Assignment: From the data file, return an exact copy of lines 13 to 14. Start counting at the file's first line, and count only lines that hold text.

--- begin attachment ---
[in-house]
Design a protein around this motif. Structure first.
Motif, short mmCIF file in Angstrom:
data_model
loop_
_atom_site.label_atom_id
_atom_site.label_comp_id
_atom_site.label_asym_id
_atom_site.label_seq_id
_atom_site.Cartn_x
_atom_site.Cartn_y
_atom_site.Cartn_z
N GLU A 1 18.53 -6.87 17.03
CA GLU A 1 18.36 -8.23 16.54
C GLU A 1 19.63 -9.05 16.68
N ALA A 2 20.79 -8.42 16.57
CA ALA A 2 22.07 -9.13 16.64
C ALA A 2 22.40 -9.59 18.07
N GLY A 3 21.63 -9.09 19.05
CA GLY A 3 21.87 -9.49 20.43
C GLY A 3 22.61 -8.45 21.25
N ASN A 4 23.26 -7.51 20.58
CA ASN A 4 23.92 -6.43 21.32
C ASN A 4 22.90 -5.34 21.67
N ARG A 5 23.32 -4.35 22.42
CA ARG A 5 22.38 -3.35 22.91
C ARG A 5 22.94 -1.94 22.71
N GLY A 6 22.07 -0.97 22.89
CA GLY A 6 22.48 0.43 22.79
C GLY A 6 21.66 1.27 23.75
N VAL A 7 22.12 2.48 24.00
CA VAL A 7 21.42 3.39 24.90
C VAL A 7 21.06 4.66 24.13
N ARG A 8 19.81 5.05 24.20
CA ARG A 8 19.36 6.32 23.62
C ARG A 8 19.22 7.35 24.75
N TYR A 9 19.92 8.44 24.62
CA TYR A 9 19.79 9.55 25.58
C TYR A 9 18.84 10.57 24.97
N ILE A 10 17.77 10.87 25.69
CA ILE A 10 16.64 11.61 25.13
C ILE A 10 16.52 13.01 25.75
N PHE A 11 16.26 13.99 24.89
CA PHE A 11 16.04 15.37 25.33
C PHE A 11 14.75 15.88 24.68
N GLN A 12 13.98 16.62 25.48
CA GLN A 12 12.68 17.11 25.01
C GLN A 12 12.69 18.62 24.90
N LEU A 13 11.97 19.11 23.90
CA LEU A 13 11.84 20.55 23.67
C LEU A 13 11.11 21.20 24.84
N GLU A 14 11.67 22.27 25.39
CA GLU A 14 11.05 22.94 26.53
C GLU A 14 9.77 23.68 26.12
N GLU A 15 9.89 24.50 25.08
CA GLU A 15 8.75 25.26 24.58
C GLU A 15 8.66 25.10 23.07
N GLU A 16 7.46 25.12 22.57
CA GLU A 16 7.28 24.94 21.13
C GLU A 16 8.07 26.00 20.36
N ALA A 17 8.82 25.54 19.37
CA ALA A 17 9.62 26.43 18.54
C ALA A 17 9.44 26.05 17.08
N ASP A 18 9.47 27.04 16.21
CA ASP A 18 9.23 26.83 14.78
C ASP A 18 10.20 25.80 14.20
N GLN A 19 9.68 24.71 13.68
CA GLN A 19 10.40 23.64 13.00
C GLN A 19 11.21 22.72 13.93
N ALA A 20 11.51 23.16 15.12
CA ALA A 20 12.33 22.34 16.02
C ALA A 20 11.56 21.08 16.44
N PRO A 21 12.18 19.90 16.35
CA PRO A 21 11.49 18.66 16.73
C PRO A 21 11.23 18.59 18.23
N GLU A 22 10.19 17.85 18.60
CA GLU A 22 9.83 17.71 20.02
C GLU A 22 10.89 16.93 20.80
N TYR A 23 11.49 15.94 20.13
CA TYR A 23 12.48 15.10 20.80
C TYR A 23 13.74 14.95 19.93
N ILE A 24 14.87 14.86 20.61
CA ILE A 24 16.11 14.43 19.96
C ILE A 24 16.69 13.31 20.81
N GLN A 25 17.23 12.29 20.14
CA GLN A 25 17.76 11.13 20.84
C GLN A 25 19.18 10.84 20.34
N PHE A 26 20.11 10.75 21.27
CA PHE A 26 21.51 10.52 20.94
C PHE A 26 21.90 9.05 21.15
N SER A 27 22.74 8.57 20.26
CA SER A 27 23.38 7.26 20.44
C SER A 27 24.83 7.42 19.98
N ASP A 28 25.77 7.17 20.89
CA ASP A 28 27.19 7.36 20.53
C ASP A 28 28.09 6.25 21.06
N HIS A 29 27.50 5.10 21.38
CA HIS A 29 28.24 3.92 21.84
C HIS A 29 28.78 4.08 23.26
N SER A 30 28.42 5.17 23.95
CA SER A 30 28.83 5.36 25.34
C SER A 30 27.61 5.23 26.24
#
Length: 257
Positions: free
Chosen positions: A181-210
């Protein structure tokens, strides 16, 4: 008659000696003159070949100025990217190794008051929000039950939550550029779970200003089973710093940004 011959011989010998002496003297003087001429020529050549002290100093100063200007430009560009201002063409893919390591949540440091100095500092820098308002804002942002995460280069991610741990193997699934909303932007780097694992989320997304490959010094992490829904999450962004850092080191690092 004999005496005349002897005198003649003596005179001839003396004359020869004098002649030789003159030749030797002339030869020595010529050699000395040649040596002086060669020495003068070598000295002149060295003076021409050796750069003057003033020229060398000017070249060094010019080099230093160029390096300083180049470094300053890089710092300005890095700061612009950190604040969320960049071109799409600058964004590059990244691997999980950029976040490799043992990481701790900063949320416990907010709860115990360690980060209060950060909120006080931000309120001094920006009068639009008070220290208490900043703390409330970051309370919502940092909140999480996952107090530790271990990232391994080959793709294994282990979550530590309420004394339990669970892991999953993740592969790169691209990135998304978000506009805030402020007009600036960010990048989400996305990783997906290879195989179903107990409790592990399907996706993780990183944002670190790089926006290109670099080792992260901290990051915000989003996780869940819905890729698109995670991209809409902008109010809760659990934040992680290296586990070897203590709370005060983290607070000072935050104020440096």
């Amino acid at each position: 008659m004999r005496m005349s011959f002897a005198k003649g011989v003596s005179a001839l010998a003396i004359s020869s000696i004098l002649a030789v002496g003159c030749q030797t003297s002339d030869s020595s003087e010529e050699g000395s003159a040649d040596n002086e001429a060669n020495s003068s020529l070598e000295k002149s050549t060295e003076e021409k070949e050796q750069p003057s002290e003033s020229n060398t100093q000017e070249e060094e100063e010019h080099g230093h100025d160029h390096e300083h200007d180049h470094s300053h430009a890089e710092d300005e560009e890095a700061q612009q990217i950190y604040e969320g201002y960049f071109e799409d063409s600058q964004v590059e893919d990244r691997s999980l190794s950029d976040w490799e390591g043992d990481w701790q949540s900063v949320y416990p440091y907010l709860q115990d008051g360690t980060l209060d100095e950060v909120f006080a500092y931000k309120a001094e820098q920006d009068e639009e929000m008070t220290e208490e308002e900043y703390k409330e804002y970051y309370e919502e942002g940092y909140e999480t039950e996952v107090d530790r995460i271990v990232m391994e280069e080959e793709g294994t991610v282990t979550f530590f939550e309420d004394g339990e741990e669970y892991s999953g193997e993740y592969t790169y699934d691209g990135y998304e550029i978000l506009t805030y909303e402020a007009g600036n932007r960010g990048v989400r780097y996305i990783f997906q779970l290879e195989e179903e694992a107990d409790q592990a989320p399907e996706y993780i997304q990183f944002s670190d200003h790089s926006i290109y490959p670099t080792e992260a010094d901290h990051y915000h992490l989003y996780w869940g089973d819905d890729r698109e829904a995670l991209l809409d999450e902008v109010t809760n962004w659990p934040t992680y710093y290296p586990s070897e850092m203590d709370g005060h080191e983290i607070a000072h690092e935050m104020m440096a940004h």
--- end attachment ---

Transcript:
N GLU A 1 18.53 -6.87 17.03
CA GLU A 1 18.36 -8.23 16.54